Capparis cartilaginea is a small, scrubby tree which grows by spreading or ‘scrambling’ over rocks. It has long, hairless stems which are typically bent and twisted, with white-grey or yellowish-green bark, coated in a waxy or powdery bloom. The oval-shaped leaves of Capparis cartilaginea are broad and fleshy, often ending in a hooked, yellowish-brown spine below the pointed tip. During the flowering period, Capparis cartilaginea produces large, attractive white flowers which possess many erect stamens and unequally shaped petals, two of which are fused and slightly hooded, fitting into a helmet-shaped sepal(2)(3)(4).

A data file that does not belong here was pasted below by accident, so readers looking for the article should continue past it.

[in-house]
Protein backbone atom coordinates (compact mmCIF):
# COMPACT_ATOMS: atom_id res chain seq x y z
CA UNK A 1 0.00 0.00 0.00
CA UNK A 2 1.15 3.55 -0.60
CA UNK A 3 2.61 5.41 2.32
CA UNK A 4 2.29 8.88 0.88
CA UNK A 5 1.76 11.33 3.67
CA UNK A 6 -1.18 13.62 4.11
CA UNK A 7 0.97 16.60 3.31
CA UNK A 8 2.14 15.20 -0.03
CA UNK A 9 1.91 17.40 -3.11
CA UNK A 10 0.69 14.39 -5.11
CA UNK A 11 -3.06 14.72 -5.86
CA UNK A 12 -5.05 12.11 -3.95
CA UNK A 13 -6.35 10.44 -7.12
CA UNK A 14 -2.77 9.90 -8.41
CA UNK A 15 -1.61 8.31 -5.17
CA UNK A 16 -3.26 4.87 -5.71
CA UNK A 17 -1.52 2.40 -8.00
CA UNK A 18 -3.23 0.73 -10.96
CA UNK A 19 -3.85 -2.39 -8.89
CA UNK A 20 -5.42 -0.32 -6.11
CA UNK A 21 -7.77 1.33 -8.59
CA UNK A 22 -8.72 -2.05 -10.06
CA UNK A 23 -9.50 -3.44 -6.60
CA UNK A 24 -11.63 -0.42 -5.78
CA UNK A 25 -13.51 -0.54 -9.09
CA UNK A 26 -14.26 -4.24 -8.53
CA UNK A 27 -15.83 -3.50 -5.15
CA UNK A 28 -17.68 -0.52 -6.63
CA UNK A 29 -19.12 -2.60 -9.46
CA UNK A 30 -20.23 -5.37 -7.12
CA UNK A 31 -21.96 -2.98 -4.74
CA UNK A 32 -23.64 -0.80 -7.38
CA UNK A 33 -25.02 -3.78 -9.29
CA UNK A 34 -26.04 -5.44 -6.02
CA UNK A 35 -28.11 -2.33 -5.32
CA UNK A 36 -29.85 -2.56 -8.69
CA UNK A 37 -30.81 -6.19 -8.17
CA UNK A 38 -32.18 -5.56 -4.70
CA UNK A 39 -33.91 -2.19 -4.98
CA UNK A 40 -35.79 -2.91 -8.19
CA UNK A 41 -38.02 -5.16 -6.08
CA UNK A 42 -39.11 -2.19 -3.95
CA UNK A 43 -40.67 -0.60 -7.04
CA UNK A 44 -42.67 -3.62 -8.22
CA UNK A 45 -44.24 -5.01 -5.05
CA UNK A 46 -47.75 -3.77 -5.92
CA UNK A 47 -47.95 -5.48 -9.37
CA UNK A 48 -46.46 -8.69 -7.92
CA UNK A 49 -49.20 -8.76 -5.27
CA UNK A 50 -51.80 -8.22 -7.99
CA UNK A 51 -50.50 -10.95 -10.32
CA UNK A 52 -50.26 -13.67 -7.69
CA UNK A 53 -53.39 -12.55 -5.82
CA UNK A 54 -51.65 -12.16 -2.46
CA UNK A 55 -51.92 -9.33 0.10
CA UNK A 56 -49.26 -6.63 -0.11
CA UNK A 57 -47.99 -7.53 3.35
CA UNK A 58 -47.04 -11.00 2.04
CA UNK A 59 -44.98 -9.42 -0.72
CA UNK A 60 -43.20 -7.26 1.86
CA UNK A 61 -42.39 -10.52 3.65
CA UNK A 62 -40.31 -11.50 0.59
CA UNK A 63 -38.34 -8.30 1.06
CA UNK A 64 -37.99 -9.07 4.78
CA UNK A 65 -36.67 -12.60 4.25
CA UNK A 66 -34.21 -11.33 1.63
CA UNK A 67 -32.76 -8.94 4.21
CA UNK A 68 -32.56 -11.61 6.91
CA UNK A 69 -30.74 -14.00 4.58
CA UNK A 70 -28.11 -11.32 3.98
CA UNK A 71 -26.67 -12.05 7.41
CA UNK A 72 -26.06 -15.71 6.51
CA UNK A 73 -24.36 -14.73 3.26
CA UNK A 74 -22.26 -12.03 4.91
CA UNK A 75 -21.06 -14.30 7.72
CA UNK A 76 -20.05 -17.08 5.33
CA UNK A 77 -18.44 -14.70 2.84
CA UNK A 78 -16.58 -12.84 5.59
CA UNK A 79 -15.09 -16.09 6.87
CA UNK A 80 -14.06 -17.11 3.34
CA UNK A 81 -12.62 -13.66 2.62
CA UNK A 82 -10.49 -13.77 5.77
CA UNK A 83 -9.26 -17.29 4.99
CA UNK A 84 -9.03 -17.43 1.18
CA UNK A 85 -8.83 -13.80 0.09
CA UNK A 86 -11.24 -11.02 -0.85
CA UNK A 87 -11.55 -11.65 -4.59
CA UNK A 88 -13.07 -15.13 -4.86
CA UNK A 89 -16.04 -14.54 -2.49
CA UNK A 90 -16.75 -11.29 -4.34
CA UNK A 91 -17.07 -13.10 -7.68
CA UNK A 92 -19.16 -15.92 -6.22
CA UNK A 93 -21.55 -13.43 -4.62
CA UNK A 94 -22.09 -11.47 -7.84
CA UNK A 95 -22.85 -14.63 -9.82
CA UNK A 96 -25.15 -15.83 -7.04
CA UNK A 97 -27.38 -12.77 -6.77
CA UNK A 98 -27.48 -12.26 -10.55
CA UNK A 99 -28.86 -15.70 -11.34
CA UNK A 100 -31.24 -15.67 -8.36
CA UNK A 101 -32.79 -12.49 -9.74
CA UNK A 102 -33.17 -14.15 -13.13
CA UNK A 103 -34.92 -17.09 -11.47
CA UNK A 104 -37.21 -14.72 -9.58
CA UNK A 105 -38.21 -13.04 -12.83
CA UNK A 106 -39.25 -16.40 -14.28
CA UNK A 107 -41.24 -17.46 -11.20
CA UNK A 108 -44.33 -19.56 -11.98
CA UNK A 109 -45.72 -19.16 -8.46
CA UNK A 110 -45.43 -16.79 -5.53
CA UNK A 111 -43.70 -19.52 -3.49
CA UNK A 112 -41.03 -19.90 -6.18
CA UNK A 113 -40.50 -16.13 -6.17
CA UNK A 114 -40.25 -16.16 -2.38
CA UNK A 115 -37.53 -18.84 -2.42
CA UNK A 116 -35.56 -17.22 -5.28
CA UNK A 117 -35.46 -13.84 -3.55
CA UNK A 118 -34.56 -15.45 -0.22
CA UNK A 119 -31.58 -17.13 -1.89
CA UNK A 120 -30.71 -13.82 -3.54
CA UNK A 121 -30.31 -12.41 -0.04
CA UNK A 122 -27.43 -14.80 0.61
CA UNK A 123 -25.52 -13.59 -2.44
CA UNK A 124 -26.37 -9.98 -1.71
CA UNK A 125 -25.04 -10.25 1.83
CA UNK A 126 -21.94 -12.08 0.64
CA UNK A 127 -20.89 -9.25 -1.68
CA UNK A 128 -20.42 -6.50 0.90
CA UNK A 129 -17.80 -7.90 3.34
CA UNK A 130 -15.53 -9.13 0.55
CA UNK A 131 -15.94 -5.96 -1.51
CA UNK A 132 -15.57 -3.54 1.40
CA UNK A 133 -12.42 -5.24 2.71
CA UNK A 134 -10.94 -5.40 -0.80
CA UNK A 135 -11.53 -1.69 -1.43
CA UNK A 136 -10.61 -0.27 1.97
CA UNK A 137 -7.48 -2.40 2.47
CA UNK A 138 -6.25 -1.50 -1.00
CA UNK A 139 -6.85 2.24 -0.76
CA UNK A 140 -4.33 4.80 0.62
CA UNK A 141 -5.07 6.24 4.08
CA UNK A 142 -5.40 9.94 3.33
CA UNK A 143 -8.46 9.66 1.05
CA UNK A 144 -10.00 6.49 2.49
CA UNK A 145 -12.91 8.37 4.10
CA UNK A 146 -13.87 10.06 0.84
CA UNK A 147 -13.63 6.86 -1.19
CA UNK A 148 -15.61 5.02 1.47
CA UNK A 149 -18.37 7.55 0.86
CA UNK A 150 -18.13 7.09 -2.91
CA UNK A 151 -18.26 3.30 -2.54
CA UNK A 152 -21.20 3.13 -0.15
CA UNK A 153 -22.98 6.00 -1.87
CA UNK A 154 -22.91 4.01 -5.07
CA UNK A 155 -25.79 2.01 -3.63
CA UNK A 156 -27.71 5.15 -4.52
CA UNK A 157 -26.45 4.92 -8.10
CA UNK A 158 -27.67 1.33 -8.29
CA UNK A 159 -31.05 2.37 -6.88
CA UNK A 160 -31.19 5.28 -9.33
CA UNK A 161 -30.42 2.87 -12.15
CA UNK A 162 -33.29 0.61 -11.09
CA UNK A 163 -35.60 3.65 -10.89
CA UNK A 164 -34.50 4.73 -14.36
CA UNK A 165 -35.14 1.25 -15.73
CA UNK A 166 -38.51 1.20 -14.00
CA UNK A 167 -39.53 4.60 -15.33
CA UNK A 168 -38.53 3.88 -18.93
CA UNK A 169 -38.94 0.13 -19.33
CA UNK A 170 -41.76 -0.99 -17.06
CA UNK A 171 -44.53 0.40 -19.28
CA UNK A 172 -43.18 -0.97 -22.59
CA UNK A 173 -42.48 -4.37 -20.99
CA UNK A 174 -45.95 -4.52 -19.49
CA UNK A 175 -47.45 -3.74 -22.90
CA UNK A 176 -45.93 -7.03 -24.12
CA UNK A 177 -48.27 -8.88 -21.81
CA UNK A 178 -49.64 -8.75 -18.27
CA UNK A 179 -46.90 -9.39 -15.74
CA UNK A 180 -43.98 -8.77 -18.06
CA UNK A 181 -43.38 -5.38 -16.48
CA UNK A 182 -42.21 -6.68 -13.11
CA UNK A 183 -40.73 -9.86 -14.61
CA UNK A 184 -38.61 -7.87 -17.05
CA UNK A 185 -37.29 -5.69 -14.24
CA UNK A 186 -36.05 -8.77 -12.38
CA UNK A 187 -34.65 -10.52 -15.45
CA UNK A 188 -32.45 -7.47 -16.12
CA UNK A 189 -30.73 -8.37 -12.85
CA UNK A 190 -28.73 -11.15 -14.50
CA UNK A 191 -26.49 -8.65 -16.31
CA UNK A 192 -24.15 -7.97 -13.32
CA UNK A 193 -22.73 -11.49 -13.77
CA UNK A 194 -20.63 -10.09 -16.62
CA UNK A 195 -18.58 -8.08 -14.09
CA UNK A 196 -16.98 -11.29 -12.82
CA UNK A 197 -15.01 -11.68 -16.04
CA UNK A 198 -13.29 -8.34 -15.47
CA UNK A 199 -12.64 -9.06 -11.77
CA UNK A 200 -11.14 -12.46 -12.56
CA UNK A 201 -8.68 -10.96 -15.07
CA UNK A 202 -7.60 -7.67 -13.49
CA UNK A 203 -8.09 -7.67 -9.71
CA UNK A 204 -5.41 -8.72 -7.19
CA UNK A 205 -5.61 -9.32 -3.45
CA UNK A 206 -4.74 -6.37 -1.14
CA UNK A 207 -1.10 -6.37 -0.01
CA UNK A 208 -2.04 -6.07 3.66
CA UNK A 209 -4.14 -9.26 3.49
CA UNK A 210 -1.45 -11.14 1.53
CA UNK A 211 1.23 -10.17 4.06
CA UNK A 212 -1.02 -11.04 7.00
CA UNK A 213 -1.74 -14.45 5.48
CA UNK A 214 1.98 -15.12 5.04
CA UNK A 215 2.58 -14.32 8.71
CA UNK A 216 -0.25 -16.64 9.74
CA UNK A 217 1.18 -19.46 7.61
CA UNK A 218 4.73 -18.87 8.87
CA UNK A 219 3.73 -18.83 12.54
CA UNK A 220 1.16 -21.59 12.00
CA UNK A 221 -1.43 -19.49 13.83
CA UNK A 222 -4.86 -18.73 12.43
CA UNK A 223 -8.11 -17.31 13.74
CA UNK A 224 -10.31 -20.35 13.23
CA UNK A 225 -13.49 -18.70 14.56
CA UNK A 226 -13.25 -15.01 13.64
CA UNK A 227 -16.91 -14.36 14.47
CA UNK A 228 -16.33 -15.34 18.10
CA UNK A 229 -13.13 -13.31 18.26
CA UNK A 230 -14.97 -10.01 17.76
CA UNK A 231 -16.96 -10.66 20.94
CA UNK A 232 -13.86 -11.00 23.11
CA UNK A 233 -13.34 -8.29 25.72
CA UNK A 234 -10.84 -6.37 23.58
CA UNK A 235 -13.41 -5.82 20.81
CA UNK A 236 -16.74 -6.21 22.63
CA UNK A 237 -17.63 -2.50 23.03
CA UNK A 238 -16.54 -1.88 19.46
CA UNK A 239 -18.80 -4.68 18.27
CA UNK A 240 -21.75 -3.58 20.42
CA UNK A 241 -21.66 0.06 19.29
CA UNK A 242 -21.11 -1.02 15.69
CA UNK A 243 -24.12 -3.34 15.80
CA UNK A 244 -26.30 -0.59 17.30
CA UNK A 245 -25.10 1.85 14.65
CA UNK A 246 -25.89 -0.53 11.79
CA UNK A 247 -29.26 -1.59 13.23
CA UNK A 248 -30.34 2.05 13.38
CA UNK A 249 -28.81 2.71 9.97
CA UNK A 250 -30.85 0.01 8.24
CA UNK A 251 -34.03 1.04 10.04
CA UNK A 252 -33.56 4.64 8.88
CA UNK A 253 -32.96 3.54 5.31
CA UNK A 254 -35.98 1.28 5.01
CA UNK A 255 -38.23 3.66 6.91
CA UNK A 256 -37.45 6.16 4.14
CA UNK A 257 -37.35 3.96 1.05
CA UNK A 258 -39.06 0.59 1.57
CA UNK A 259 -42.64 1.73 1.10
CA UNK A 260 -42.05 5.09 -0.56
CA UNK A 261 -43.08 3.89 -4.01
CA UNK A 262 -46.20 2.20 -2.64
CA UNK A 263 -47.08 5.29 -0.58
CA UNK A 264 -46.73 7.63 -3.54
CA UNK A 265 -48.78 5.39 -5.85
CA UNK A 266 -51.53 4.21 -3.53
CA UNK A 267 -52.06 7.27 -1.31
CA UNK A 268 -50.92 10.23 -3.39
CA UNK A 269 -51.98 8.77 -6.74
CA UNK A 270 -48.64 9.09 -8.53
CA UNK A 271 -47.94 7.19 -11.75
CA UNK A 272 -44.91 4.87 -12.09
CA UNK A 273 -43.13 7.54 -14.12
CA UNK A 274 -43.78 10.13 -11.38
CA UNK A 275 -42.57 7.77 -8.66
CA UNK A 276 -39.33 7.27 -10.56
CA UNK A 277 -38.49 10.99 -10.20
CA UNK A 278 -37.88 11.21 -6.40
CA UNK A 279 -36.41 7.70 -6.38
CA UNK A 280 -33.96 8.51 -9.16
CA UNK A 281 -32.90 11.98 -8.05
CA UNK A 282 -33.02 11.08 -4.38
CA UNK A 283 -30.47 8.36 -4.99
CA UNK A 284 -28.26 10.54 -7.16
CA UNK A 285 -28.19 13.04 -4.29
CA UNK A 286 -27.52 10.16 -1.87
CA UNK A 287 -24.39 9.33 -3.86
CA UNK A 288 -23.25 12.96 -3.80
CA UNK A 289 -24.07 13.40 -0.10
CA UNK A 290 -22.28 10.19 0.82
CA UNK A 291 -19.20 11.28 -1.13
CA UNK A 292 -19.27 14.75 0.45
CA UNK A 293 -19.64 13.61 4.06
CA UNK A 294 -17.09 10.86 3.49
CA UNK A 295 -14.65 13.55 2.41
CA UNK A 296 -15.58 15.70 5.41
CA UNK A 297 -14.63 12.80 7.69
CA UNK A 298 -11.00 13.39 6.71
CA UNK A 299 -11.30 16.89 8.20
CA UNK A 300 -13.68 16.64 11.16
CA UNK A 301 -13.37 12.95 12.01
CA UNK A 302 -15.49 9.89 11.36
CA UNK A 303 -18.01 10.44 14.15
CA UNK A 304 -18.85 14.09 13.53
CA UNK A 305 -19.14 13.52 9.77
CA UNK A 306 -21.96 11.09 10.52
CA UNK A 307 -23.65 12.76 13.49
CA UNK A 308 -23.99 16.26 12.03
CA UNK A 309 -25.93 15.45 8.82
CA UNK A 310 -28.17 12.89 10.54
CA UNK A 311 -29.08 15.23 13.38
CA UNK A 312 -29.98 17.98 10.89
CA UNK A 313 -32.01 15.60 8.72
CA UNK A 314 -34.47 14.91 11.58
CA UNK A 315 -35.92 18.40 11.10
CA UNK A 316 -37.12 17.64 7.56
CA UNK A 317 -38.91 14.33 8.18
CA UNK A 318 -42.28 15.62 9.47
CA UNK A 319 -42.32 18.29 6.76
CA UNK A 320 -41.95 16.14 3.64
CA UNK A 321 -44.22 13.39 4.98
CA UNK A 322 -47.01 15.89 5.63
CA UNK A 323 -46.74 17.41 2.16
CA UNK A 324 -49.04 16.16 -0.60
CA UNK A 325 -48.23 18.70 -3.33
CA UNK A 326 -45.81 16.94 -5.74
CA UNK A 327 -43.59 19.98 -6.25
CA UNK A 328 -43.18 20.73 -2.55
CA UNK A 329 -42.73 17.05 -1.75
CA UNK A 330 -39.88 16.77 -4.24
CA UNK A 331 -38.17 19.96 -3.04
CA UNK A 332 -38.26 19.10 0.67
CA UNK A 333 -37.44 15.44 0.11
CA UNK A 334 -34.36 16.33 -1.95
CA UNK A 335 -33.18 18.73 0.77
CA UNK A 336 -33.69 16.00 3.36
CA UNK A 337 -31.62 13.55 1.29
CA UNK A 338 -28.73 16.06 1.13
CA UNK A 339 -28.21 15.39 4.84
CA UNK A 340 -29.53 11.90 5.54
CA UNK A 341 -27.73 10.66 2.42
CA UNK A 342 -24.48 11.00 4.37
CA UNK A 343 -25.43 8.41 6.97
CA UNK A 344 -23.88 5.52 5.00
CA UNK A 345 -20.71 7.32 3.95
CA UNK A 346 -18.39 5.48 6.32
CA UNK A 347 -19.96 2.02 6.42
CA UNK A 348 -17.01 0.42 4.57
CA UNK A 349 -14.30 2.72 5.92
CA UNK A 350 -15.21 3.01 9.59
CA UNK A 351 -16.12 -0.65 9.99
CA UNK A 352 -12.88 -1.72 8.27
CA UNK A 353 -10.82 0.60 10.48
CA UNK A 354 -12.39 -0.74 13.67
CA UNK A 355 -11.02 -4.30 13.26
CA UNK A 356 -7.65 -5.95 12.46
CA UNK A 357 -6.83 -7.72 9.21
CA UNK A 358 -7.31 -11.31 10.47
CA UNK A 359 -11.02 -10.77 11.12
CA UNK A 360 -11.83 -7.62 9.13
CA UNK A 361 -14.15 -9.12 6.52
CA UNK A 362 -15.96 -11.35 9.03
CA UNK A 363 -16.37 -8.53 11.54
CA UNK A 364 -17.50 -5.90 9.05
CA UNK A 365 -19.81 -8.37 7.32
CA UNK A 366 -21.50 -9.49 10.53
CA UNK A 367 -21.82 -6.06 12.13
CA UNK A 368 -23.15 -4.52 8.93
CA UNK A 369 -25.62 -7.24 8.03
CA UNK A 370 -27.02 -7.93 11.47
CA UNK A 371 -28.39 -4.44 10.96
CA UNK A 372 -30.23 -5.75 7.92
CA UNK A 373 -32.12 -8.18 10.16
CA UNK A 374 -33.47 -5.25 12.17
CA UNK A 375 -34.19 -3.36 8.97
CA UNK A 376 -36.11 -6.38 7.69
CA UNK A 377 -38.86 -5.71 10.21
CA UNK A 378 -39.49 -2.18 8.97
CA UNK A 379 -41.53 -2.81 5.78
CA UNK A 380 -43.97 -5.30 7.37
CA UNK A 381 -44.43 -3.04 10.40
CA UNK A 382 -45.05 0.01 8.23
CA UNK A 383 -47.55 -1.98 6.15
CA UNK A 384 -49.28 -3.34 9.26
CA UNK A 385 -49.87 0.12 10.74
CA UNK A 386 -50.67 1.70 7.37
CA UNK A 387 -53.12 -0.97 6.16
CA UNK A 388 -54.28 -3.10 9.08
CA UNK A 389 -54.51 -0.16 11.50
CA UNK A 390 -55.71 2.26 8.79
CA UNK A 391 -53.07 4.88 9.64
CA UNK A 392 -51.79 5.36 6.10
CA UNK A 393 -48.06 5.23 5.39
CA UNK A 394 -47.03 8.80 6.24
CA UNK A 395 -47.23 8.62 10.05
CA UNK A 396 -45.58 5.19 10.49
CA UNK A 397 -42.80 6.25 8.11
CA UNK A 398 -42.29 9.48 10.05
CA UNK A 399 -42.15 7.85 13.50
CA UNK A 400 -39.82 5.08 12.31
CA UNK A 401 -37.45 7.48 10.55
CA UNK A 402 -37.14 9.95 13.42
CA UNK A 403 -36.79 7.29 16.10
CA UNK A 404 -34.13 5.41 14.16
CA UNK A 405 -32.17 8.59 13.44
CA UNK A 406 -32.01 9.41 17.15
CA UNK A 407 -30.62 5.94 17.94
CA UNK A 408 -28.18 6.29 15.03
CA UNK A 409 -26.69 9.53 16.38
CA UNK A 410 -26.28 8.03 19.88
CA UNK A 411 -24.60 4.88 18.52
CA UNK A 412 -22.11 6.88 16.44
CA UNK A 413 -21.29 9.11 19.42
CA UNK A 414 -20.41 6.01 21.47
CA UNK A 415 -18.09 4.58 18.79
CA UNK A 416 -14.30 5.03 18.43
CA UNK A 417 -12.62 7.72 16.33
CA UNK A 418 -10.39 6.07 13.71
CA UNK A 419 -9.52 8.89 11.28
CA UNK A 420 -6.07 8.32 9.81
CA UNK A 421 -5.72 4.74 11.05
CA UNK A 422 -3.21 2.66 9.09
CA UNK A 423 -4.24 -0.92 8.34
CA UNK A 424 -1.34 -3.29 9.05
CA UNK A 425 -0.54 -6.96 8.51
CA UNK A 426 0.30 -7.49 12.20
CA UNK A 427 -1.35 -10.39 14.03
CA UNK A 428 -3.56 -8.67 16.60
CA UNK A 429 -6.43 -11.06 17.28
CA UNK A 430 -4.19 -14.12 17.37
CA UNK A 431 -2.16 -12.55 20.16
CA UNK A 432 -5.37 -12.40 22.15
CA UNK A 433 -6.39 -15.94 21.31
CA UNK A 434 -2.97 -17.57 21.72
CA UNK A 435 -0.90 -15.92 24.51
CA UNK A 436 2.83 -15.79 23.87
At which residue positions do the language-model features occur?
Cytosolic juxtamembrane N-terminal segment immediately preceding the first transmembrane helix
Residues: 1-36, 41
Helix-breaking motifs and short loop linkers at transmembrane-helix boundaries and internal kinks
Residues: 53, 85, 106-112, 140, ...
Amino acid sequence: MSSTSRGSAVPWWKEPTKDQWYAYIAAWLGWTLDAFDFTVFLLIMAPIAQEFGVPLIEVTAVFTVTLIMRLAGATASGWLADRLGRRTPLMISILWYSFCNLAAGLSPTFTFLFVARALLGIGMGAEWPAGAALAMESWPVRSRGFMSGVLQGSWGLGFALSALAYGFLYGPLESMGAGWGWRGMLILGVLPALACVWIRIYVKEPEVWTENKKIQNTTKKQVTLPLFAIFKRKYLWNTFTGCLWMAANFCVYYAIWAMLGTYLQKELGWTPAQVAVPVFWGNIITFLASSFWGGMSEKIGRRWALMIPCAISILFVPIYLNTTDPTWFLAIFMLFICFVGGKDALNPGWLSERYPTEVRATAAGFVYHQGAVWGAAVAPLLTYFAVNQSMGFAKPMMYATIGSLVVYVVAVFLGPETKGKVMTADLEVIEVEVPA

Capparis cartilaginea is a perennial species that usually flowers around February and March (5). It produces rounded, ribbed, red-coloured fruits packed with numerous small seeds, which are eaten and dispersed by birds (3)(4)(7).
The fruits of Capparis cartilaginea can be dried and pickled in vinegar, or preserved in salt to produce capers for consumption (8).
Rivera, D., Friis, I., Inocencio, C., Obón, C., Alcaraz, F. and Reales, A. (2003) The typification of Capparis inermis Forssk., C. sinaica Veill. and C. cartilaginea Decne. (Capparaceae). Taxon, 52: 307-311.
Fawzi, N.M. (2008) An Introduction in the Flora of the United Arab Emirates. Faculty of Science, Biology Department, National Herbarium, United Arab Emirates.
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